The implications for weight control of this priority handling of carbs over fats is that both a low fat/high carb or a very low carb/high fat diet can be effective but they work in very different ways and the low carb approach has significantly preferable effects on hunger, hormones and cell signaling (5).
Can a Ketogenic Diet Gain Similar Health Benefits as Calorie Restriction?
It is generally agreed that over-nutrition is responsible for obesity, diabetes and many age related diseases and it is well known that calorie restriction, even intermittent fasting benefits all of these things. It is thought that prevention of age related diseases by calorie restriction is due to up-regulation of autophagy (31). Autophagy is involved in maintaining the balance of protein breakdown with protein synthesis and recycles redundant, potentially toxic material (32). Sensing mechanisms of nutritional status trigger cell signaling that regulates basal autophagy as survival requires mobilization of body stores during fasting, as opposed to storage of excess nutrients after meals. Fat mobilization (lipophagy) takes place by a process akin to autophagy (33) and mobilization of glucose from glycogen is also accomplished via autophagy (34). Feeding inhibits and fasting stimulates autophagy through the actions of insulin and glucagon respectively and the primary determinant of insulin and glucagon secretion is blood glucose. Insulin and glucagon control autophagy via their opposing effects on mTOR (mammalian target of rapamycin) whereby mTOR activity suppresses autophagy. Glucagon via glucagon receptor activates adenylate cyclase which increases cAMP and activates PKA (cAMP activated protein kinase) which inhibits mTOR thereby stimulating autophagy in situations of fasting. On the other hand glucose stimulated insulin secretion suppresses autophagy via Akt (PKB) activation of mTOR. A ketogenic diet was found to inhibit the mTOR pathway via decreased Akt signaling as well as increased AMPK signaling in the liver of rats (35).
Through similar pathways Insulin and glucagon also have a role in regulating mitochondrial biogenesis. Mitochondrial biogenesis is regulated by the master-controller, PGC1 nuclear receptor coactivators. Fernandez and Auwerx (36) discovered how the pancreatic hormones insulin and glucagon play an opposing role in PGC1a transcription. Insulin secretion which by activating Akt(PKB) depresses mitochondrial biogenesis by inhibiting PGC1a transcription while PGC1a transcription is increased via the glucagon receptor-PKA pathway.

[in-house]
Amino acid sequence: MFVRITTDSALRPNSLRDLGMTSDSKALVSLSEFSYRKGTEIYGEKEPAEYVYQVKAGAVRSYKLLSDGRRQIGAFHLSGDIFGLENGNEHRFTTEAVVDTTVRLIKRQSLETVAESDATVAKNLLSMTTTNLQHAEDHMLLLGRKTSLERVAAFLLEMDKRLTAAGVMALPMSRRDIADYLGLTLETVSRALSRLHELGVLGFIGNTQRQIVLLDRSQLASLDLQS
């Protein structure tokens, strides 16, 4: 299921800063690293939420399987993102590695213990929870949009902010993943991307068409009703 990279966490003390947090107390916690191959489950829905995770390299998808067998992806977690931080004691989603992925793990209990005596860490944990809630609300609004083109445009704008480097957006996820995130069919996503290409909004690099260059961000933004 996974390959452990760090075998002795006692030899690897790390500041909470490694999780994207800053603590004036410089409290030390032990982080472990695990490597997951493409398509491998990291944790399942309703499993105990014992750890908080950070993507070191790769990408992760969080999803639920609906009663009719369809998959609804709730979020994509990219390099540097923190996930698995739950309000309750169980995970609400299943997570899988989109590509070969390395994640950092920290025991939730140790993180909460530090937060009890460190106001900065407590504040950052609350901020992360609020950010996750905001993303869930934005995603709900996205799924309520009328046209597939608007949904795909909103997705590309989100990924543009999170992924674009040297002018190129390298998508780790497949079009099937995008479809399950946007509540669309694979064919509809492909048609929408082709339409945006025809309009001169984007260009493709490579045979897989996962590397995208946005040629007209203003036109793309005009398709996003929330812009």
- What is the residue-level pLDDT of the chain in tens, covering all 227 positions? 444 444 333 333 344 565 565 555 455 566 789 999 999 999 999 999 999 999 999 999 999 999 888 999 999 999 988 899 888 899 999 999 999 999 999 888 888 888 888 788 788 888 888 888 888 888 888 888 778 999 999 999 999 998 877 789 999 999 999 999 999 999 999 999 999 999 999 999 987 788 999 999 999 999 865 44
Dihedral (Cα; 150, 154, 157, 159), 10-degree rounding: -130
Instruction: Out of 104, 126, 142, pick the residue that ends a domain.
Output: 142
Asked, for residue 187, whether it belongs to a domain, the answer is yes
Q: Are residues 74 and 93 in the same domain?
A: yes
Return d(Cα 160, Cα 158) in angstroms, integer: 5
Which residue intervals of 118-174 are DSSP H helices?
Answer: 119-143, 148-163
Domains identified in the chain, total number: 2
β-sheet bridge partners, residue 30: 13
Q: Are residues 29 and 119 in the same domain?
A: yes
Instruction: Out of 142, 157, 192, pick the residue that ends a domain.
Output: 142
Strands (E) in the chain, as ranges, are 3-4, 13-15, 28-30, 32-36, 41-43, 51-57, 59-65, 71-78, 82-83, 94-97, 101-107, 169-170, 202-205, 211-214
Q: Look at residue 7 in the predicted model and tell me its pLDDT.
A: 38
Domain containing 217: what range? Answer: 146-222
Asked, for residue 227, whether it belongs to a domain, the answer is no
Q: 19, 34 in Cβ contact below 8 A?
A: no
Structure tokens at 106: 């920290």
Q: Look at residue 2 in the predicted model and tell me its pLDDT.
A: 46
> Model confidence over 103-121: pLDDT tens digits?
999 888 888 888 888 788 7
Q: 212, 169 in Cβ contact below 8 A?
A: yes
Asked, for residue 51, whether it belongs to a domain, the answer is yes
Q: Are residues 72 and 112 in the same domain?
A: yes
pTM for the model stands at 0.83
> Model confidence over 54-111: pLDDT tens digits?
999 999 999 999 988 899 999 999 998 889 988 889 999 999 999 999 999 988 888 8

NRF2: Recent research by Rochelle Buffenstein’s group into the differences between long lived species the naked mole rat with a 40 year maximum life expectancy compared with 4 years in their short lived relatives, focuses on their superior detoxification and repair abilities largely mediated by the master controller NRF2 (NFE2L2) enhancing transcription of multiple proteins involved in cell protection and detoxification as well as chaperones involved in autophagy and protein stability (37). The activity of two master controller transcription factors NRF2 and PGC1a appear to function in tandem, as they are increased by the same environmental stimuli and cell signaling pathways regulating multiple genes involved in autophagy (38) and mitochondrial regeneration (36) respectively. Both NRF2 and PGC1a are increased by a ketogenic diet (16) (9) (24).
AMPK Another sensor of cellular energy levels is AMP activated protein kinase (AMPK) functions in a different way to the glucagon receptor activated cyclic AMP activated protein kinase (PKA). AMPK responds to increased AMP/ATP levels that occur with exercise. A recent review highlights a central role for AMPK in disease resistance and longevity (39) promoting transcription of FOXO dependent proteins such as PGC1a and NRF2 while promoting autophagy by inhibiting mTOR. Of particular relevance to the mechanism of ketogenic diets is that insulin signaling powerfully suppresses AMPK activation via Akt/PKB (40) while glucagon activates AMPK by activating CaMKIV (41).
The broadest interpretation of a ketogenic diet is simply low glucose availability such that the liver compensates by increasing gluconeogenesis, acetate and ketone body production from increased fat oxidation, this switch in metabolism is regulated by suppression of insulin and secretion of glucagon and the consequences ripple through most cells and organs in the body such as enhanced proteostasis through autophagy, improved mitochondrial function and regulation of inflammation, processes important for healthy aging. There are additional practical and theoretical advantages to a high fiber as opposed to high fat ketogenic diet.
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 (ECF=20% x 60 kg body weight x 90 mg/100 ml glucose concentration)